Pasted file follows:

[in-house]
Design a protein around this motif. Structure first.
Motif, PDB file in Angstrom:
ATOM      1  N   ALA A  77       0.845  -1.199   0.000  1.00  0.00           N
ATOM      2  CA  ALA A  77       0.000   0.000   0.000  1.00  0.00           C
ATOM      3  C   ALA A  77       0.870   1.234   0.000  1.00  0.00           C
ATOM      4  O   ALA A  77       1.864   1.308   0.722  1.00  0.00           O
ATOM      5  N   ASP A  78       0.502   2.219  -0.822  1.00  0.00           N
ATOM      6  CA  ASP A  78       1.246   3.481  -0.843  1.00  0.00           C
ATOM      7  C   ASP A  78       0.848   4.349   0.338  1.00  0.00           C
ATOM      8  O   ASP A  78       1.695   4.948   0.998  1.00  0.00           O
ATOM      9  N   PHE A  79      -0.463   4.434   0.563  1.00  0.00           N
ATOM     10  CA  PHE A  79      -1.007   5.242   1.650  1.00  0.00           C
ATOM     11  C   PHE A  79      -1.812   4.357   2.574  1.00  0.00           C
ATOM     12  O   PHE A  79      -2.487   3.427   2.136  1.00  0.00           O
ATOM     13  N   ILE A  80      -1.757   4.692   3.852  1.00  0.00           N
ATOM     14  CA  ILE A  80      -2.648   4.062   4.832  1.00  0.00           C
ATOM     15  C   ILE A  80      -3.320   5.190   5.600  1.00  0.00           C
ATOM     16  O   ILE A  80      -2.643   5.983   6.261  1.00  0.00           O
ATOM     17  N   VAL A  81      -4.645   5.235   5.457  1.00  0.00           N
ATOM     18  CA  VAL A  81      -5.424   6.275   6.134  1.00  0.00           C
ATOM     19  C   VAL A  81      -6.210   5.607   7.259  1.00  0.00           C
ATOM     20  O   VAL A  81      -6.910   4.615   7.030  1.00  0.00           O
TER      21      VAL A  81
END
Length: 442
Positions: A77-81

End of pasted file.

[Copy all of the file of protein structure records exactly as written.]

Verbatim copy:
[in-house]
Design a protein around this motif. Structure first.
Motif, PDB file in Angstrom:
ATOM      1  N   ALA A  77       0.845  -1.199   0.000  1.00  0.00           N
ATOM      2  CA  ALA A  77       0.000   0.000   0.000  1.00  0.00           C
ATOM      3  C   ALA A  77       0.870   1.234   0.000  1.00  0.00           C
ATOM      4  O   ALA A  77       1.864   1.308   0.722  1.00  0.00           O
ATOM      5  N   ASP A  78       0.502   2.219  -0.822  1.00  0.00           N
ATOM      6  CA  ASP A  78       1.246   3.481  -0.843  1.00  0.00           C
ATOM      7  C   ASP A  78       0.848   4.349   0.338  1.00  0.00           C
ATOM      8  O   ASP A  78       1.695   4.948   0.998  1.00  0.00           O
ATOM      9  N   PHE A  79      -0.463   4.434   0.563  1.00  0.00           N
ATOM     10  CA  PHE A  79      -1.007   5.242   1.650  1.00  0.00           C
ATOM     11  C   PHE A  79      -1.812   4.357   2.574  1.00  0.00           C
ATOM     12  O   PHE A  79      -2.487   3.427   2.136  1.00  0.00           O
ATOM     13  N   ILE A  80      -1.757   4.692   3.852  1.00  0.00           N
ATOM     14  CA  ILE A  80      -2.648   4.062   4.832  1.00  0.00           C
ATOM     15  C   ILE A  80      -3.320   5.190   5.600  1.00  0.00           C
ATOM     16  O   ILE A  80      -2.643   5.983   6.261  1.00  0.00           O
ATOM     17  N   VAL A  81      -4.645   5.235   5.457  1.00  0.00           N
ATOM     18  CA  VAL A  81      -5.424   6.275   6.134  1.00  0.00           C
ATOM     19  C   VAL A  81      -6.210   5.607   7.259  1.00  0.00           C
ATOM     20  O   VAL A  81      -6.910   4.615   7.030  1.00  0.00           O
TER      21      VAL A  81
END
Length: 442
Positions: A77-81